The disagreement over Vineyard Wind’s waiver concerns a technicality in New England’s power markets. The company requested an exemption that would have allowed it to bypass a minimum offer price on subsidized energy resources that participate in the grid operator’s annual markets for reserve power. FERC agreed to a fix proposed by ISO New England that would allow Vineyard Wind to qualify for the exemption in the coming years.
Residents made more noise than the quiet wind on Wednesday as stakeholders met at the Airline Community School to discuss a proposal for a 22-turbine wind farm under review by the Maine Department of Environmental Protection (DEP).
Roxwind LLC has submitted a permit application to the Maine Department of Environmental Protection for the Roxwind Project on North Twin Mountain. The project would produce 15.2 megawatts of power and include access roads and overhead and underground collection lines.
LUPC approval is required because some of the project, which is spread between Eastbrook, Osborn, Aurora and Township 16, is in unorganized territory, where land use planning is governed by the state. The plans also will have to be approved by the Maine Department of Transportation (DOT) and the Department of Environmental Protection (DEP).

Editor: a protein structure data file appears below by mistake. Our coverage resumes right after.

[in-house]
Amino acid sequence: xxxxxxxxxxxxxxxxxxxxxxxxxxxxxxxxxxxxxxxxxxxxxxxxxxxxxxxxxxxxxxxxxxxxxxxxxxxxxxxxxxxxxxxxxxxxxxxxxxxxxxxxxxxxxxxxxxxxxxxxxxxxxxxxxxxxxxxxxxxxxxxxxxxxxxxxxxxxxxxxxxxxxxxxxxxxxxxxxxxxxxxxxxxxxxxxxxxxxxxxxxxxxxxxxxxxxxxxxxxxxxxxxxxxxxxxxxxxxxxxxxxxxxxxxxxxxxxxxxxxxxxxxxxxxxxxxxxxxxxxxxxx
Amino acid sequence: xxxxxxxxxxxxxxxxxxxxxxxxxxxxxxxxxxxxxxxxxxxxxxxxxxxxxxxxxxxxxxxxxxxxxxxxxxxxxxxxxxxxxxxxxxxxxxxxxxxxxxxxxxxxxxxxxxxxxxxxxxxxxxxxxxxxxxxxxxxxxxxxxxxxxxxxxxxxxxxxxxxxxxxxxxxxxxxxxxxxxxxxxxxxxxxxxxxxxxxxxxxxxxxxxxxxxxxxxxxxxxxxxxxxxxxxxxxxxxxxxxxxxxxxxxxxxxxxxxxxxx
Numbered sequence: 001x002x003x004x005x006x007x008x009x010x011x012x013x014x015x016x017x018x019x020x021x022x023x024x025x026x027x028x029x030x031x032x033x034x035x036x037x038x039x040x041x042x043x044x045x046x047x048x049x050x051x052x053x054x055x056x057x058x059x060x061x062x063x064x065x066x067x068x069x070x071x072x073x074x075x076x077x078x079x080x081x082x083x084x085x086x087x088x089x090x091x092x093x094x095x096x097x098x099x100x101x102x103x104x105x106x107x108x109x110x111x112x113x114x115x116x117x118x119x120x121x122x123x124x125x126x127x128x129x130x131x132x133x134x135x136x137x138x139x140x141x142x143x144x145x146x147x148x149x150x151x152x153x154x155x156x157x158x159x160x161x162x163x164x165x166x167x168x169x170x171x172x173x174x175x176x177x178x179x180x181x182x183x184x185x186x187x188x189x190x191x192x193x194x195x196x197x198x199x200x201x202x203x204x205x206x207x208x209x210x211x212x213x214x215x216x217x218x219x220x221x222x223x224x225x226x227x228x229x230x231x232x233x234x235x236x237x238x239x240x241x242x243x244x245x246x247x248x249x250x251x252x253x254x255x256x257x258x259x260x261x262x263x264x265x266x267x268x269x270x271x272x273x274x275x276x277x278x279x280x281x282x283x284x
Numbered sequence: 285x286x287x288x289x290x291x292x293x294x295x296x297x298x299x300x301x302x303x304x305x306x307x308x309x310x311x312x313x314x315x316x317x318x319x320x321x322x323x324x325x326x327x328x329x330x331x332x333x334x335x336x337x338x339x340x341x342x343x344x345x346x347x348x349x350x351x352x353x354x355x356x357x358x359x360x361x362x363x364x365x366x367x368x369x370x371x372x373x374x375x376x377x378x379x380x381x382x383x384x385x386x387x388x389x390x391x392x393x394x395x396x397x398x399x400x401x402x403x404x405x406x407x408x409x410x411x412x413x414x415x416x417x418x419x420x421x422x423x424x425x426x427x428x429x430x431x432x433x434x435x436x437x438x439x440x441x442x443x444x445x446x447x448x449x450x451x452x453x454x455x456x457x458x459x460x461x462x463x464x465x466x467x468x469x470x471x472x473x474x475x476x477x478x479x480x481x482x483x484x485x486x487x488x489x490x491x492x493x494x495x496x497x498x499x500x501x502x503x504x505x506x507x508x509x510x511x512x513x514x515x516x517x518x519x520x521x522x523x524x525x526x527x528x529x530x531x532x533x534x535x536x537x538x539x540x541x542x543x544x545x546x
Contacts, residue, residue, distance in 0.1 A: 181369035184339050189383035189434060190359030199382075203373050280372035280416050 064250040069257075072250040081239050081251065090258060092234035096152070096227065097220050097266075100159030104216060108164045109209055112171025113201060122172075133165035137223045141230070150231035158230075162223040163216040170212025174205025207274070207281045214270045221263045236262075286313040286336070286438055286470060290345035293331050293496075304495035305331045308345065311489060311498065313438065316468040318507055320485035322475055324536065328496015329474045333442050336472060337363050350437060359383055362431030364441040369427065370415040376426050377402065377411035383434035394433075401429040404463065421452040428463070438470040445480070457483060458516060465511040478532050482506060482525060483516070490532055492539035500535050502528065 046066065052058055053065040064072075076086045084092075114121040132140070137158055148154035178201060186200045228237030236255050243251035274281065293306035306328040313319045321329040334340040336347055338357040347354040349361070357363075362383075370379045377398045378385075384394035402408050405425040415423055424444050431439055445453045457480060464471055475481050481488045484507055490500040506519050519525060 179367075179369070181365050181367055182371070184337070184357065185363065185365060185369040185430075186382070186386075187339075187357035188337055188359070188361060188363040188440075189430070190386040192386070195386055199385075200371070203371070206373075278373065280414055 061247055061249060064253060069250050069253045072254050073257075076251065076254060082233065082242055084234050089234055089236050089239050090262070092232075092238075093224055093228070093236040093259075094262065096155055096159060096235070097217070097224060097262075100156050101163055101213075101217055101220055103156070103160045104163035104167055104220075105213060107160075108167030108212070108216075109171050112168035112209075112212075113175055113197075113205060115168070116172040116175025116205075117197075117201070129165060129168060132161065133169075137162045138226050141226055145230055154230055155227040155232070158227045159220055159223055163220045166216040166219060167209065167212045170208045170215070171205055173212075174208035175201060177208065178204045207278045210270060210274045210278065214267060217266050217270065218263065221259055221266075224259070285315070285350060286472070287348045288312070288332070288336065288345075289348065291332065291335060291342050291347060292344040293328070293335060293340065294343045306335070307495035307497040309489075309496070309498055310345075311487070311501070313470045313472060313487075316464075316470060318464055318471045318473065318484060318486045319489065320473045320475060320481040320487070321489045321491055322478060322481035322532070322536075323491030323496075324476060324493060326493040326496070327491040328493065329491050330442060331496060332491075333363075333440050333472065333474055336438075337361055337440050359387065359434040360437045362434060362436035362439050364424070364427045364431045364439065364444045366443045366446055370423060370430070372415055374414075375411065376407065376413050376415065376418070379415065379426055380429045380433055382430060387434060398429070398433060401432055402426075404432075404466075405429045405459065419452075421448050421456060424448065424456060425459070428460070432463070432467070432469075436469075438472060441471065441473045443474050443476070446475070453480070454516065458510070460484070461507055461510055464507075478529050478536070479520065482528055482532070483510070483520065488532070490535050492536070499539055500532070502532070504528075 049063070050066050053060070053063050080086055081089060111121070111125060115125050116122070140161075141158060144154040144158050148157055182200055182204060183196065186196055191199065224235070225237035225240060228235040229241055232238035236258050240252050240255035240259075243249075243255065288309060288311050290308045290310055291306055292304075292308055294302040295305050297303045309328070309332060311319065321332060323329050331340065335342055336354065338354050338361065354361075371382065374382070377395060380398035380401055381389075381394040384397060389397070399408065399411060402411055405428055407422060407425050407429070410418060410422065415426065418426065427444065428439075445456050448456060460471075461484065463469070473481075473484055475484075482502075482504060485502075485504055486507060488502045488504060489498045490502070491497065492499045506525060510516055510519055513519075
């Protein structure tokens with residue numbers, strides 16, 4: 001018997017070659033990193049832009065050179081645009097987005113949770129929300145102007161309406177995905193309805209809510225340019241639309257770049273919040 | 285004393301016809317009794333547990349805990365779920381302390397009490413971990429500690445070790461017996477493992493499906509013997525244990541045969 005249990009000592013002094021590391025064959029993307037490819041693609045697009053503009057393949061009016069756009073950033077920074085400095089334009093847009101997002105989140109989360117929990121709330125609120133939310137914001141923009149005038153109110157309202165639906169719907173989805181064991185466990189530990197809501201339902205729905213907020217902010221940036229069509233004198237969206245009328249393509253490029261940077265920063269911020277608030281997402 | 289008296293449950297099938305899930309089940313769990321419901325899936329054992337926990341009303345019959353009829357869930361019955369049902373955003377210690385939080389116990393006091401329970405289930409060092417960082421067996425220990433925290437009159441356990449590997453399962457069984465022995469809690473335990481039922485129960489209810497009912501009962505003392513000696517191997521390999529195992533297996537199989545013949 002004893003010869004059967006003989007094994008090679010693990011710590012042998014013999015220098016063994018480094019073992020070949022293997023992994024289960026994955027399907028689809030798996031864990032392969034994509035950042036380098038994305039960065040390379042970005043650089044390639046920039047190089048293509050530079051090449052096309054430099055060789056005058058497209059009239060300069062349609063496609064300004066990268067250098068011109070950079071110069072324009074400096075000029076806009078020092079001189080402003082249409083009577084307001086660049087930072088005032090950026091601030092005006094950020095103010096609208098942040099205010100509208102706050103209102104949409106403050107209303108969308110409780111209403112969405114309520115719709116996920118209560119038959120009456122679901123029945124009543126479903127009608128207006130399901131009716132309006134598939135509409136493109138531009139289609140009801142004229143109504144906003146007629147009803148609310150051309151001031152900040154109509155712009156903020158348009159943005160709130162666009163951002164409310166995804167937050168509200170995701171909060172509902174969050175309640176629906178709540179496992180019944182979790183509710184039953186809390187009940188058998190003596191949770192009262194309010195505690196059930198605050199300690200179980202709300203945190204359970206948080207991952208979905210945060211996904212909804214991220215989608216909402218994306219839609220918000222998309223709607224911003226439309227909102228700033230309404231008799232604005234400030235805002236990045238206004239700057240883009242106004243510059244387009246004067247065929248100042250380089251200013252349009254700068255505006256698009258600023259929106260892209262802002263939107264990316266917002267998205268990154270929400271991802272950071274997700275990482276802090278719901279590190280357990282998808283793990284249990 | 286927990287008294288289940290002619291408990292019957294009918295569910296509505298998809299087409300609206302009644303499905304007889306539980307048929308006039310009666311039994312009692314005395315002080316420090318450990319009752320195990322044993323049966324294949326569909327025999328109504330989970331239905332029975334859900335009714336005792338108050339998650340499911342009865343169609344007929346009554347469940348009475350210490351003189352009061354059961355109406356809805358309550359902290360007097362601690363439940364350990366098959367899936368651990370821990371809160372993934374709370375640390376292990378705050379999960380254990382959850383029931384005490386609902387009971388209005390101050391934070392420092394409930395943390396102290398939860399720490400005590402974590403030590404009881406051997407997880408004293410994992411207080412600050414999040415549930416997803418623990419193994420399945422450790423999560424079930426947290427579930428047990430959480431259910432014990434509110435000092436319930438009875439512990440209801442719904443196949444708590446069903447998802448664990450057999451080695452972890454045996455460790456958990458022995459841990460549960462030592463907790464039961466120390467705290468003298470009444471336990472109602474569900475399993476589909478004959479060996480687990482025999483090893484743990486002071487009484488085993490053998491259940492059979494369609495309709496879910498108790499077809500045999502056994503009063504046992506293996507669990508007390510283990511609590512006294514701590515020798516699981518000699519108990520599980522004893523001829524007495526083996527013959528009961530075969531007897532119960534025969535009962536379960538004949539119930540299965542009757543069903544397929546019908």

The wind turbine was purchased from and installed by Entegrity Wind Systems in February 2008 for about $200,000. ...Entegrity guaranteed that for five years the turbine would produce 90,000 kilowatt-hours a year and the promise for five years of free maintenance. Unfortunately, Entegrity went bankrupt in 2009, and when the company dissolved so did the guarantee.
After eight years of what some call obstructionist policies, renewables advocates look forward to Janet Mills in the Blaine House.
Because it may or may not be there when you flip the switch, the value of electricity generated by windmills is limited. Energy expert James LaBrecque said it this way: “Together, all the intermittent solar and wind power installed across the country has never displaced a single dispatchable generation plant. These expensive, low-production sources of power add additional cost to the whole electric system by forcing dispatchable generators to run less efficiently and less productively."